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Back to the New Media Future

1 Oct, 2008 By: Response Contributor Response

From branders' discovery of DRTV to digital domination, taking a glance back at the media landscape will help those gearing up for 2009.

According to his case study, Salton and the George Foreman Grill did hundreds of millions in DRTV sales, and at one point valued its stock at more than $60 per share, but with a lack of long-term branding strategy, stock fizzled to less than $2 and Salton merged with Applica in 2007.

A similar scenario unfolded with the Sharper Image. In the early stages, long- and short-form DRTV for the Ionic Breeze air purifier and other tech gadgets built the Sharper Image brand and spurred additional catalog sales. Garnett explains, however, that the company re-focused its efforts solely on the Ionic Breeze, which spiked DRTV sales, but unfortunately curtailed Sharper Image's brand value.

When Demand acquired the Cracked brand and in 2007, it applied its social media strategy and quickly turned it into a site with more than 30 million monthly page views.
When Demand acquired the Cracked brand and in 2007, it applied its social media strategy and quickly turned it into a site with more than 30 million monthly page views.


In February 2008, Sharper Image Chief Financial Officer Rebecca L. Roedell filed for bankruptcy, reporting declining sales since 2004 and recorded net losses in fiscal 2005 to 2007, continuing into 2008.

RotoZip Tools' infomercials generated short-term sales and moved the product into retail quickly, but after a few years on the shelf, it was sold to Bosch. Garnett would have recommended reducing media to extend the life of the product line and increase advertising to create a RotoZip brand rather than selling a high quantity of tools.

Equally adamant about brand building is Jurie Pieterse, director of advertising at ING Direct, and subject of a case study feature in Response's September issue. He helped build an $80 billion online consumer banking institution using his "80-20 rule." The majority of marketing budget is spent on classic DR activities, such as direct mail, free standing inserts (FSIs) and online advertising, while 20 percent goes to branding. Pieterse said that his small investment yields a 40-percent boost in response rates.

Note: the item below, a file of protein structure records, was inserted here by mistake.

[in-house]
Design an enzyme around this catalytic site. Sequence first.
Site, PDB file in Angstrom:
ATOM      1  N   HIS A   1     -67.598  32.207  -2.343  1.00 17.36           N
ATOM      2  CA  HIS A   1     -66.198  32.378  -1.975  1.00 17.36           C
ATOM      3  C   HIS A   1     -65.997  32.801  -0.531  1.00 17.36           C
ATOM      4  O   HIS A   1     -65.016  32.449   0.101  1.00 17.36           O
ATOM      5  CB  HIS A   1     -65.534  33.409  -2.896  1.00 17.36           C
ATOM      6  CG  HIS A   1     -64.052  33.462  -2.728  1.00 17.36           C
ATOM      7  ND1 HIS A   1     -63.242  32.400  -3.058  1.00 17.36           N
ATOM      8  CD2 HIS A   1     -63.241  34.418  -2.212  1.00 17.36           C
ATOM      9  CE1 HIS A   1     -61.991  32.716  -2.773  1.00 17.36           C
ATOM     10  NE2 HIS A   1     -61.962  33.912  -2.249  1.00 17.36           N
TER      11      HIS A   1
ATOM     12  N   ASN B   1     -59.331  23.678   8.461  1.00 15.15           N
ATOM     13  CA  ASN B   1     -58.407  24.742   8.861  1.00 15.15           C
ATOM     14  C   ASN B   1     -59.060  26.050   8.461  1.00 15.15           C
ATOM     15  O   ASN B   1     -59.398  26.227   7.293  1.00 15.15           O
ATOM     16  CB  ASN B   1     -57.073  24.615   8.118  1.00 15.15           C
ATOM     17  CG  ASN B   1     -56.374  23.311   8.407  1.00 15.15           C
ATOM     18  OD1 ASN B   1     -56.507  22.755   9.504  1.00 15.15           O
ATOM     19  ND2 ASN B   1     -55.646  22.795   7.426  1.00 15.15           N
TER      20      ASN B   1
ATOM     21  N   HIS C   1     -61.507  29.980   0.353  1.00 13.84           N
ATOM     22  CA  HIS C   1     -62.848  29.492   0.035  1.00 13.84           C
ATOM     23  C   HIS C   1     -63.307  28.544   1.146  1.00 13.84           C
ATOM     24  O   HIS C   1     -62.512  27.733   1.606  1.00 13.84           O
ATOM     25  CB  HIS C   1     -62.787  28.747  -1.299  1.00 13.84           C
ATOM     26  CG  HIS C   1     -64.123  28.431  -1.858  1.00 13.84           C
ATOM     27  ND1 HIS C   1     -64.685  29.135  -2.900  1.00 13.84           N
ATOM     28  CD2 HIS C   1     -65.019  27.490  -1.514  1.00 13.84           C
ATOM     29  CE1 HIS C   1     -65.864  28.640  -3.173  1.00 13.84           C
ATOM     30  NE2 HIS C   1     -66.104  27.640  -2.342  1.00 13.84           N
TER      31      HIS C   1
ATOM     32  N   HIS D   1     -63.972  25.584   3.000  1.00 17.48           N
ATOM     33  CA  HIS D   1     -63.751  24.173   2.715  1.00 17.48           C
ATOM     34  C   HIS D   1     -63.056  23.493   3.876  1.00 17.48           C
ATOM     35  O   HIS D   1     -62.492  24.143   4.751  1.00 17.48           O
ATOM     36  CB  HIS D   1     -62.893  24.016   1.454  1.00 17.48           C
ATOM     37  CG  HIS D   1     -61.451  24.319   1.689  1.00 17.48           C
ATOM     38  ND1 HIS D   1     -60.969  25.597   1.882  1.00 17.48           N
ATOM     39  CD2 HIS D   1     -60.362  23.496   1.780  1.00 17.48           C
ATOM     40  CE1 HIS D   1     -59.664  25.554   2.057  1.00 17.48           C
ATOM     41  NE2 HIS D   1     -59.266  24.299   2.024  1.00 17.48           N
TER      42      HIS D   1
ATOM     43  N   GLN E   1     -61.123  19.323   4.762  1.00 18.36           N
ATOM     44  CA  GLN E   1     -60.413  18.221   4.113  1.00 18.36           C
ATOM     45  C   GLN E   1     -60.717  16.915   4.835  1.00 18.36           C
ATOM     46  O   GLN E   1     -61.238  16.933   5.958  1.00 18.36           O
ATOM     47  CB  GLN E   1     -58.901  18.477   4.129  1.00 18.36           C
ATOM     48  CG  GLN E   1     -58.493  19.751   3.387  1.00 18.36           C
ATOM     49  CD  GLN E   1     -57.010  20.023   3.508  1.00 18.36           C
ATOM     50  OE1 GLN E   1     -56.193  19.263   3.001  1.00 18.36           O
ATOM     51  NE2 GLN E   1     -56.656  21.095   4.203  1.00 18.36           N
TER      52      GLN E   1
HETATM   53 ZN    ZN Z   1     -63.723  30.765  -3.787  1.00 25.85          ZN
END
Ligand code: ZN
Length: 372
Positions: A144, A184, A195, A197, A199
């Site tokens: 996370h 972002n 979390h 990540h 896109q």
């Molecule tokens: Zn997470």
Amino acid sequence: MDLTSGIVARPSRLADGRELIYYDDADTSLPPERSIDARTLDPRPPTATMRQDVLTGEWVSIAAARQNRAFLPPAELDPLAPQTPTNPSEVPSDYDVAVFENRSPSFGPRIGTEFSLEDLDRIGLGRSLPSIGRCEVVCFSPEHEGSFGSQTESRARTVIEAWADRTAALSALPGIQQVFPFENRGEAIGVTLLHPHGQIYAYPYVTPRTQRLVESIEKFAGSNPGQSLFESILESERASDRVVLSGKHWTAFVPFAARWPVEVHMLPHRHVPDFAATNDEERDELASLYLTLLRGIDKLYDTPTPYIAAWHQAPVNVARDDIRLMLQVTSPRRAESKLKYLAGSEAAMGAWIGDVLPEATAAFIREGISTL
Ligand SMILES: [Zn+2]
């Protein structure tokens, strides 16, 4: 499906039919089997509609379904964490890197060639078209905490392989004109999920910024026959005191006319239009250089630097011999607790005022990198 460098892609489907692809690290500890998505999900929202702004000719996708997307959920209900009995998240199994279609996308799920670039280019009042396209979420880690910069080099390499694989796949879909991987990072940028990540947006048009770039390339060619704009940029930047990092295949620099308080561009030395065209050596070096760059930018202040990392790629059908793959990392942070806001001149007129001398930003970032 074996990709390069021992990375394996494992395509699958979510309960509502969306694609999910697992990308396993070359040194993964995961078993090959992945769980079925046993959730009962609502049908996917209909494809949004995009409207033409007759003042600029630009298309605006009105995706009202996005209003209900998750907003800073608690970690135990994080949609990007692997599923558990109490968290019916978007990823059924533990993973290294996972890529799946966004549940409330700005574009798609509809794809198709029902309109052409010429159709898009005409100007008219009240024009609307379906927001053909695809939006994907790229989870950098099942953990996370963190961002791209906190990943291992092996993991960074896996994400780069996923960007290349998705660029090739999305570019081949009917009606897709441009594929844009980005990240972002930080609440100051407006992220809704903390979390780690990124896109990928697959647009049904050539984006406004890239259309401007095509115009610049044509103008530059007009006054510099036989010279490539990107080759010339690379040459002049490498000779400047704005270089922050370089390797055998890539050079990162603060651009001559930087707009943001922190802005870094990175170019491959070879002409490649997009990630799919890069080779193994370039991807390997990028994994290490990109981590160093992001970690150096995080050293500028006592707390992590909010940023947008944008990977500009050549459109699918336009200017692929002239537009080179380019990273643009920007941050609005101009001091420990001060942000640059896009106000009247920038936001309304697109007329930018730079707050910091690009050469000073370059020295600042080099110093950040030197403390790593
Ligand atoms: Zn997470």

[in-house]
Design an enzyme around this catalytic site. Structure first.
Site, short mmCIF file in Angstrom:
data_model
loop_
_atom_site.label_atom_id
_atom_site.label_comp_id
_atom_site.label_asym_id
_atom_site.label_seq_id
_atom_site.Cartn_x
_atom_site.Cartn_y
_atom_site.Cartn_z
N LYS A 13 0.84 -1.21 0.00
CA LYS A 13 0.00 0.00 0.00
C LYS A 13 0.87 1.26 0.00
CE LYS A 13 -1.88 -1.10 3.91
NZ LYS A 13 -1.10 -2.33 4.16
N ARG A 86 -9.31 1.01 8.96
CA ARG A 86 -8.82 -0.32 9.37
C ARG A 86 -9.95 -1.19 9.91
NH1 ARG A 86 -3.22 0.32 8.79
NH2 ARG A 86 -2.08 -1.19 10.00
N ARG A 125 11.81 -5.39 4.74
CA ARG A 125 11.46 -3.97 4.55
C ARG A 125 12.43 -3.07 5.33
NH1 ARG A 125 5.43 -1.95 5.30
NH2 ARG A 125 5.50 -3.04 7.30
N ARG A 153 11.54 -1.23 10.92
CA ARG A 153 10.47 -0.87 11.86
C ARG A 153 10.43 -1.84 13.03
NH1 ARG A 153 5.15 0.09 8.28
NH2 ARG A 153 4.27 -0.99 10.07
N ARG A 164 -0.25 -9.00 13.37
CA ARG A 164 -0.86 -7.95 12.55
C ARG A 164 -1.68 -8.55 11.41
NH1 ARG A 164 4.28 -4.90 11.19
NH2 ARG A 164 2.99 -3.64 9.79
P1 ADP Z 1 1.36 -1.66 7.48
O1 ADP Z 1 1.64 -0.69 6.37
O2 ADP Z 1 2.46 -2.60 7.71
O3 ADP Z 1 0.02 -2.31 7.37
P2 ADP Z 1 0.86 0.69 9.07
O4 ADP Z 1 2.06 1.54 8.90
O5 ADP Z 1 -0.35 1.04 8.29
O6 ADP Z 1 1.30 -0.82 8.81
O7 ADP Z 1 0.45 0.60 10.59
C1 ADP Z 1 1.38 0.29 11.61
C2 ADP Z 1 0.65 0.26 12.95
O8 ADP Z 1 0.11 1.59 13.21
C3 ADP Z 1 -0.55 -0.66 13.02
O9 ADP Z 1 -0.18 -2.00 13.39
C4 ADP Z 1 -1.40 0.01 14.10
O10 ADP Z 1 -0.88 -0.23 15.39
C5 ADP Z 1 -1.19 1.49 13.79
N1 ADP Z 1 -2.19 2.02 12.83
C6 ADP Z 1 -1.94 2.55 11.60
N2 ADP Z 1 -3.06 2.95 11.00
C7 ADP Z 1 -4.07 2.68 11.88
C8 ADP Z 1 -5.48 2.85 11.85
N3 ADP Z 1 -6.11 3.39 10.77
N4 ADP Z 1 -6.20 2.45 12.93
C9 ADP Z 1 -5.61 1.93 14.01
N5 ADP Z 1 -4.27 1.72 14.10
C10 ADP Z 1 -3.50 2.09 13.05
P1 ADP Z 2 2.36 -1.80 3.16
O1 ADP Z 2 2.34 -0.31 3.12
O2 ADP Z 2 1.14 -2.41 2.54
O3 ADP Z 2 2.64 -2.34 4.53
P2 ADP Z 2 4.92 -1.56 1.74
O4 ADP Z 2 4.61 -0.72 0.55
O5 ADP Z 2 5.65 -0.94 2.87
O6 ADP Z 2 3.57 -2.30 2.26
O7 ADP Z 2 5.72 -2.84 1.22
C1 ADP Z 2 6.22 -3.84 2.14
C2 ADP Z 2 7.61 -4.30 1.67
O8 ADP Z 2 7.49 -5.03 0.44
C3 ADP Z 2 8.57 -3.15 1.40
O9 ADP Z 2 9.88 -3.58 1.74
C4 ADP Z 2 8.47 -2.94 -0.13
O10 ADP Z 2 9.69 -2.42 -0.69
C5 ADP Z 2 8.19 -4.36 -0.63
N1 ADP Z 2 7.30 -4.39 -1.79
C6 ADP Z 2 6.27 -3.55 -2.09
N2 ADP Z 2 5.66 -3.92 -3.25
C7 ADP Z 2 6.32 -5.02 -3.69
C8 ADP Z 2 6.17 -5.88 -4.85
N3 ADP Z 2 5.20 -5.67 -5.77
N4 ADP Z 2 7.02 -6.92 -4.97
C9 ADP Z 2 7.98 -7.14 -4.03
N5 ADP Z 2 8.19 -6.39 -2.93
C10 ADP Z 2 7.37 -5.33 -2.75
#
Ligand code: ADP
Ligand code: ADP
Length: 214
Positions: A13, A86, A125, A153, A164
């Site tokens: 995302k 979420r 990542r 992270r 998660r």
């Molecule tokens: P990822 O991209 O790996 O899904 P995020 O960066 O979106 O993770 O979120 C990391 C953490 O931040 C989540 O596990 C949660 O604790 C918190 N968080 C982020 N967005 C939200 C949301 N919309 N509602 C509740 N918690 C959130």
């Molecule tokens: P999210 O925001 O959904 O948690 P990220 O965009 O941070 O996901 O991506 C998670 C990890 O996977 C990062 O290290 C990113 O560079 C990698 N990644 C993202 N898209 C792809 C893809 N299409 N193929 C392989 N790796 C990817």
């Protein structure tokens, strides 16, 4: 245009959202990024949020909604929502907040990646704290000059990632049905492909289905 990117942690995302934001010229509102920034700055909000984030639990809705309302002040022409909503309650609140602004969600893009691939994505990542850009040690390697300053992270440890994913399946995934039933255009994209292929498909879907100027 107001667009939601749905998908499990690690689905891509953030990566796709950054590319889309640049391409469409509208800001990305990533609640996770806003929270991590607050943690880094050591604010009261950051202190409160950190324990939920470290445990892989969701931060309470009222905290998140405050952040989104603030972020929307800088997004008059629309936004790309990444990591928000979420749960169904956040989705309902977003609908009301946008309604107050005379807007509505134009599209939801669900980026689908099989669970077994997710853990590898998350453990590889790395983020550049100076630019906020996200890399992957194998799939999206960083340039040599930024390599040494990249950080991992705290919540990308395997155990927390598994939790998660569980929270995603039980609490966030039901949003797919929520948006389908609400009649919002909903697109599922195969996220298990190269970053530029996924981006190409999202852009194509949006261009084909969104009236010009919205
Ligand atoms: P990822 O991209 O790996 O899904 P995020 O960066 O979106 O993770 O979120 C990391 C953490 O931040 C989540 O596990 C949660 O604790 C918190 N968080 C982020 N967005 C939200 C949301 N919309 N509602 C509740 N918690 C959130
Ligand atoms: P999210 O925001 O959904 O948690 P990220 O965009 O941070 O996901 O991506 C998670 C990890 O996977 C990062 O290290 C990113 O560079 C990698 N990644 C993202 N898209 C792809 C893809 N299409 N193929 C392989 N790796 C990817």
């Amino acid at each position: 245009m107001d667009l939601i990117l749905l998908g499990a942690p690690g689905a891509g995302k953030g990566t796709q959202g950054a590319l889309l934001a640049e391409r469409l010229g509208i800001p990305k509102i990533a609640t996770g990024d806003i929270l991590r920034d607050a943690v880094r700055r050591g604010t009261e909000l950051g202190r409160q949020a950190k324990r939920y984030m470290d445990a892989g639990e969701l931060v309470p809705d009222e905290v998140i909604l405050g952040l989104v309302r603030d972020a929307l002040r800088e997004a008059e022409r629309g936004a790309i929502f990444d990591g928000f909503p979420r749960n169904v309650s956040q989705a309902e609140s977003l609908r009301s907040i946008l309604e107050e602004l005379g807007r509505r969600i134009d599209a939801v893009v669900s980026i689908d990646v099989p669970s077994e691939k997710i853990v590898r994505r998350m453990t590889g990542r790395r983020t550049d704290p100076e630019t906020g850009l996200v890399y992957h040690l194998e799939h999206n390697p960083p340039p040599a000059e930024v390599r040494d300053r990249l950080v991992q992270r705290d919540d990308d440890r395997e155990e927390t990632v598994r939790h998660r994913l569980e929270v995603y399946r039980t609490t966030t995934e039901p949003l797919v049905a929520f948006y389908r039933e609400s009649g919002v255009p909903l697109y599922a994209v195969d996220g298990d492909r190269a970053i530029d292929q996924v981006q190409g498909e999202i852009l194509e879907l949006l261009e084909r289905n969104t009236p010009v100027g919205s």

Digital Domination


In 2005, a popular DVR product called TiVo, reported its first profitable quarter while consumers feverishly skipped commercials and recorded live programming. Traditional advertisers, particularly those with lofty primetime media buys, quickly searched for answers in "new media."

By August 2008, the U.S. Court of Appeals overturned a decision that had previously blocked Cablevision from creating a system-wide DVR product. Now, cable subscribers will be able to record shows with a click of their remote rather than buying a separate set-top box. Some advertisers have argued that a new system should be put in place where they would only pay for the number of viewers who see their commercial — a pay-for-performance model.

Since DRTV is aired on remnant space, the prospect is less alarming. However, it poses new opportunities for long-form, opt-in advertising.

Tim Hawthorne, founder, chairman and executive creative director of Hawthorne Direct and a member of Response's Editorial Advisory Board, says that the most exciting news for the industry this year was Comcast's and other cable MSO's (including Time Warner and Cablevision) growing promotion of video-on-demand (VOD) and gradual introduction of interactive advertising technology.

"VOD will be a major repository of long-form DRTV and 'press-your-remote-to-order' interactive technology will make ordering product from short form, long form or live TV home shopping quick and easy," Hawthorne adds. "Acceptance and distribution of these technologies have been the DR marketers' holy grail that have been a long time coming."

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